The Golden Knights have reestablished themselves at the apex of the Pacific Division, despite early season mediocrity. Showing no signs of slowing down, Vegas looks like contenders once again.

Entering play Jan. 15, the Golden Knights had lost four consecutive games and were a subpar 4-6-0 in their previous ten. Still, it was a shock when the team announced they would be parting ways with head coach Gerard Gallant. Afterall, Gallant lead the Golden Knights to a Stanley Cup appearance in the franchise’s inaugural season, as well as a seven-game series vs the Sharks in their second year.

An overreaction? Perhaps. With 54 points, Vegas was jockeying for position with a handful of other teams for a wild card spot in the West. However, they were averaging just 3.02 goals per game (tied for 16th in the league) and were allowing 3.04 (15th).

While their underlying metrics were solid — sporting a 53.5 Corsi For percentage according to Hockey Reference — this wasn’t translating to success on the ice. Wishing to avoid a season derailing skid, the team pivoted to Peter DeBoer. Much has been said about the shortsightedness of this move, but at least for now, it seems to be paying off.

Pete DeBoer behind the Golden Knights bench

Photo by Maddie Meyer/Getty Images

Righting the ship

Since bringing in DeBoer, Vegas has rattled off an impressive 13-4-2 record, good for fourth in the NHL during that span. This stretch has not only elevated them to the top of their division, but put them near the top of the list of Stanley Cup contenders. According to MoneyPuck’s model, the Golden Knights have the second-best chance to win it all at 11.6 percent.

It’s not just smoke and mirrors. Under DeBoer, they’ve seen their goals per game skyrocket to 3.58 — just second to the red-hot Flyers — and their goals against per game dip down to just 2.68.  The Golden Knights have significantly out-chanced teams, rocking a 55.9 Corsi for percentage according to Hockey Reference, and a plus-8.2 shot differential per game.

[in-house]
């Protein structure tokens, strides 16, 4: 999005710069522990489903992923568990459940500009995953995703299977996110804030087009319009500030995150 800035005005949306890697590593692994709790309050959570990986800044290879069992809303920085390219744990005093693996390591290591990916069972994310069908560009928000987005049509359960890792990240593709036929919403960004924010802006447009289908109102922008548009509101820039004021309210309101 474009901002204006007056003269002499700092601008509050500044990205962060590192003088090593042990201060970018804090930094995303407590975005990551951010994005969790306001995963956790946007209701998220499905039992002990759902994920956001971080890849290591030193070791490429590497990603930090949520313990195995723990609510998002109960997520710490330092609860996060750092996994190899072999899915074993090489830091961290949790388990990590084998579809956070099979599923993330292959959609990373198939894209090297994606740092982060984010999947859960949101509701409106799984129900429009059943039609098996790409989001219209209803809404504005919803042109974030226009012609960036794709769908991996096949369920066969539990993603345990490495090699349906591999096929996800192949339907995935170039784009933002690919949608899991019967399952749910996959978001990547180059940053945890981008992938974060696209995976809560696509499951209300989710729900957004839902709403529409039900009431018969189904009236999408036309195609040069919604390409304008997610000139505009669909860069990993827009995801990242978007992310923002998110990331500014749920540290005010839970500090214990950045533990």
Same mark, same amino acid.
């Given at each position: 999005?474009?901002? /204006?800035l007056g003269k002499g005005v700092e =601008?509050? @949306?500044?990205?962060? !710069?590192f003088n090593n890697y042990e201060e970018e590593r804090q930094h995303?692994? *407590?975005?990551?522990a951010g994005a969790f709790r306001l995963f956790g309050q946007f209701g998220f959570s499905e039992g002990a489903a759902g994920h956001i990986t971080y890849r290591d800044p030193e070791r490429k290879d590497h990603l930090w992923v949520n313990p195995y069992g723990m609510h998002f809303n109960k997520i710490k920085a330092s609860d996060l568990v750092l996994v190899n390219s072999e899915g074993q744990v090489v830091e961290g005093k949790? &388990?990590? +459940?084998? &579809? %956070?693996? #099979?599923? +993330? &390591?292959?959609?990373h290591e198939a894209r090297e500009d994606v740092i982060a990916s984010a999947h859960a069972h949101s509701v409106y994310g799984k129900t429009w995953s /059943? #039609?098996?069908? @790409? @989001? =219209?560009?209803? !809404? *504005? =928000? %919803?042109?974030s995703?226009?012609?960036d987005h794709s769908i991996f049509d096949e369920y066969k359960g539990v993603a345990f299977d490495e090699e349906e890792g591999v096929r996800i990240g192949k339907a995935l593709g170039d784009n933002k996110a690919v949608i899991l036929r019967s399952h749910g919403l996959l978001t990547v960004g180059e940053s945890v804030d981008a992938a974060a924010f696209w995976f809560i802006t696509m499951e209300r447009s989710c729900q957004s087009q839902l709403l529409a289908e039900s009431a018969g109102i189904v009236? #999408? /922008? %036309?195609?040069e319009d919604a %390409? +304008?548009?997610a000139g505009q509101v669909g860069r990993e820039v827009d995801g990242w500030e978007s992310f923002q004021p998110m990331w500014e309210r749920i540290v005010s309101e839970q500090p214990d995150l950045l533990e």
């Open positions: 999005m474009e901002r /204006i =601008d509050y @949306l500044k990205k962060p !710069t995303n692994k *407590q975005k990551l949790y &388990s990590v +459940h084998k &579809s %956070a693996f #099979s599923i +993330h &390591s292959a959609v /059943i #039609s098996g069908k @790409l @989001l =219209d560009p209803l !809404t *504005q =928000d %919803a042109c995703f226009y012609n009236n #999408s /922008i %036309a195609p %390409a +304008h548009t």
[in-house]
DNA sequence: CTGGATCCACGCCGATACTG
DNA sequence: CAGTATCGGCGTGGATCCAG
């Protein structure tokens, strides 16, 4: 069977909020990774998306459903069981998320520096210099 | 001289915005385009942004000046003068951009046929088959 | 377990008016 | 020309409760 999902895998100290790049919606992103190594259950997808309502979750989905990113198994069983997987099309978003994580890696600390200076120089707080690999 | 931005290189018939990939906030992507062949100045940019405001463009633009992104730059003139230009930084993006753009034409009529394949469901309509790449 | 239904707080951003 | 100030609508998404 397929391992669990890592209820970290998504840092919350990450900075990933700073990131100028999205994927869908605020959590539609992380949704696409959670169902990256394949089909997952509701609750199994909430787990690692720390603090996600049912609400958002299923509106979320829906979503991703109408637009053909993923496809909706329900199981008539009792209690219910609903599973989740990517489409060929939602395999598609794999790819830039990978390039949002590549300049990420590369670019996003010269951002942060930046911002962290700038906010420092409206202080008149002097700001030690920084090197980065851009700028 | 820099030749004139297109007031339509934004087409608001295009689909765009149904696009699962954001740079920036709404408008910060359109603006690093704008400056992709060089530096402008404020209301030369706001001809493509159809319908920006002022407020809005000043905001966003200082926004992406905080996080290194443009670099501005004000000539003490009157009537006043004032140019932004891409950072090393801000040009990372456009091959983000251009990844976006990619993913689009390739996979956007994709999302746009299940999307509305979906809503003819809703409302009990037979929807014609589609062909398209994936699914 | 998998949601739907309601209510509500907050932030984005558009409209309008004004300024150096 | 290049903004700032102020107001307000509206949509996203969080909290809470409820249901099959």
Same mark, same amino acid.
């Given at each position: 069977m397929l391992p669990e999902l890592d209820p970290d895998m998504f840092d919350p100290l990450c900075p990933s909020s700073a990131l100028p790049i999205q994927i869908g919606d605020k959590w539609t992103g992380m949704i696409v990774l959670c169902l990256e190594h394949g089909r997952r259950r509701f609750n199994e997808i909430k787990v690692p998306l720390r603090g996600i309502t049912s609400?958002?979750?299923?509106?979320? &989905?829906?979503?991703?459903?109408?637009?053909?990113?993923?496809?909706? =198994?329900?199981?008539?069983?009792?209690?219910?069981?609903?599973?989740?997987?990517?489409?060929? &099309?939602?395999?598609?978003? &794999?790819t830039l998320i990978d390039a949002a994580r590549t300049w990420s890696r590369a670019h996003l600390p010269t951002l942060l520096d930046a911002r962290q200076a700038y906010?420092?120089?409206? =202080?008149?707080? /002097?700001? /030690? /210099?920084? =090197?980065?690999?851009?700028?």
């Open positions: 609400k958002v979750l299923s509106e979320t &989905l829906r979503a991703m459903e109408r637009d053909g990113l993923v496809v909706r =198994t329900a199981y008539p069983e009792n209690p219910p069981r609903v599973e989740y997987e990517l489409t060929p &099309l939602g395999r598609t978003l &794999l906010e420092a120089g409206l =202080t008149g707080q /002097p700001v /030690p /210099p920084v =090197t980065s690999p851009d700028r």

The league’s newest squad is looking like a contender once again.

Adding reinforcements

Not everything has improved under DeBoer. The Golden Knights are 11th in the league on the power play this season with a conversion rate of 21.4 percent, while their penalty kill is a rotten 77.1 percent, 23rd in the NHL.

But the Golden Knights made a few moves at the deadline to address at least half of the special teams battle. General manager Kelly McCrimmon added veteran defenseman Alec Martinez, forward Nick Cousins and goalie Robin Lehner to the mix. Cousins should add some depth scoring to the bottom of the Vegas lineup and has also spent time as a penalty killer during his stints in Philly, Arizona and Montreal.

Though Martinez gets bad wrap nowadays for being somewhat of a plug, he still managed to keep a positive Corsi in Los Angeles and has elevated it to nearly 54 percent since joining Vegas. While his PDO is bound to come crashing back down (109 since joining Vegas) he should still be able to make a difference on the Golden Knights’ power play and allow them to lean on Shea Theodore more at even-strength.

Lehner should provide the biggest aid their ailing penalty kill. Lehner’s sparkling .923 save percentage while his team is shorthanded is first in the league among goalies who have played at least 20 games. That’s significantly higher than Marc-Andre Fleury‘s .853 this season. Besides making them better on the kill, it can be argued that the addition of Lehner gives the Golden Knights the best goalie tandem in the league — something that bodes well for the end of the season.

Smooth sailing from here on out

With just a month remaining in the season, the Golden Knights will look to extend their lead over the rest of the Pacific Division. Earlier this week, the league published their “Strength of Schedule” list for the remainder of the season. According to the list, Vegas has the 10th easiest schedule the rest of the way, facing a .544 opponent point percentage. Edmonton and Calgary — their primary competition for the division lead — have the 12th and 13th most difficult remaining schedules.

After some hiccups through the first few months of the season, the Golden Knights have regained the form we’ve come to expect from them during their first two seasons.

With a coaching change that drew much skepticism now paying dividends, a newfound knack for scoring, key additions to their blueline and in net and a schedule that get easier from here on out, Vegas is primed to strengthen their grip on the Pacific Division and join the exclusive list of Stanely Cup contenders.

Next: Wait, are the Rangers really going to make the playoffs?

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